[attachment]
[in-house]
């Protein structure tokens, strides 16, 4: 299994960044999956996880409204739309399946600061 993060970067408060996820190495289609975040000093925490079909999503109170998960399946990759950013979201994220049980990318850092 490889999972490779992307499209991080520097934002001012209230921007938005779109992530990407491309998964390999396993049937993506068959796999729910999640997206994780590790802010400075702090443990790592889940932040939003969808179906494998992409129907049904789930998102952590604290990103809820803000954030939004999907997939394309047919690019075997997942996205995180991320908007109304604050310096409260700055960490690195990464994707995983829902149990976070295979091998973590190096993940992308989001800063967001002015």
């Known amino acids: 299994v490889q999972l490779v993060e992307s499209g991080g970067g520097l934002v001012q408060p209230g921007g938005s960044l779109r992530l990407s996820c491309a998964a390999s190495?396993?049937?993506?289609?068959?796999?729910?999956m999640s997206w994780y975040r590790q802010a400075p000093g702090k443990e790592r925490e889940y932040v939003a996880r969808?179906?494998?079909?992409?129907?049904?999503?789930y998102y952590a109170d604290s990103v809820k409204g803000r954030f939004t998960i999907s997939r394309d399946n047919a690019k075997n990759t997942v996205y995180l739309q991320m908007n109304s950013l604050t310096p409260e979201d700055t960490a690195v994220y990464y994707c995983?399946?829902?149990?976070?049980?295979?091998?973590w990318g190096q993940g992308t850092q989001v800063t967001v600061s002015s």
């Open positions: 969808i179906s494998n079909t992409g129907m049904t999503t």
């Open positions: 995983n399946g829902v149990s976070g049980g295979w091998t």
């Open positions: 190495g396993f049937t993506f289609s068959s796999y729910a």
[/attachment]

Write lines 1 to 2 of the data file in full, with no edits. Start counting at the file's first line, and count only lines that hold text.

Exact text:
[in-house]
């Protein structure tokens, strides 16, 4: 299994960044999956996880409204739309399946600061 993060970067408060996820190495289609975040000093925490079909999503109170998960399946990759950013979201994220049980990318850092 490889999972490779992307499209991080520097934002001012209230921007938005779109992530990407491309998964390999396993049937993506068959796999729910999640997206994780590790802010400075702090443990790592889940932040939003969808179906494998992409129907049904789930998102952590604290990103809820803000954030939004999907997939394309047919690019075997997942996205995180991320908007109304604050310096409260700055960490690195990464994707995983829902149990976070295979091998973590190096993940992308989001800063967001002015």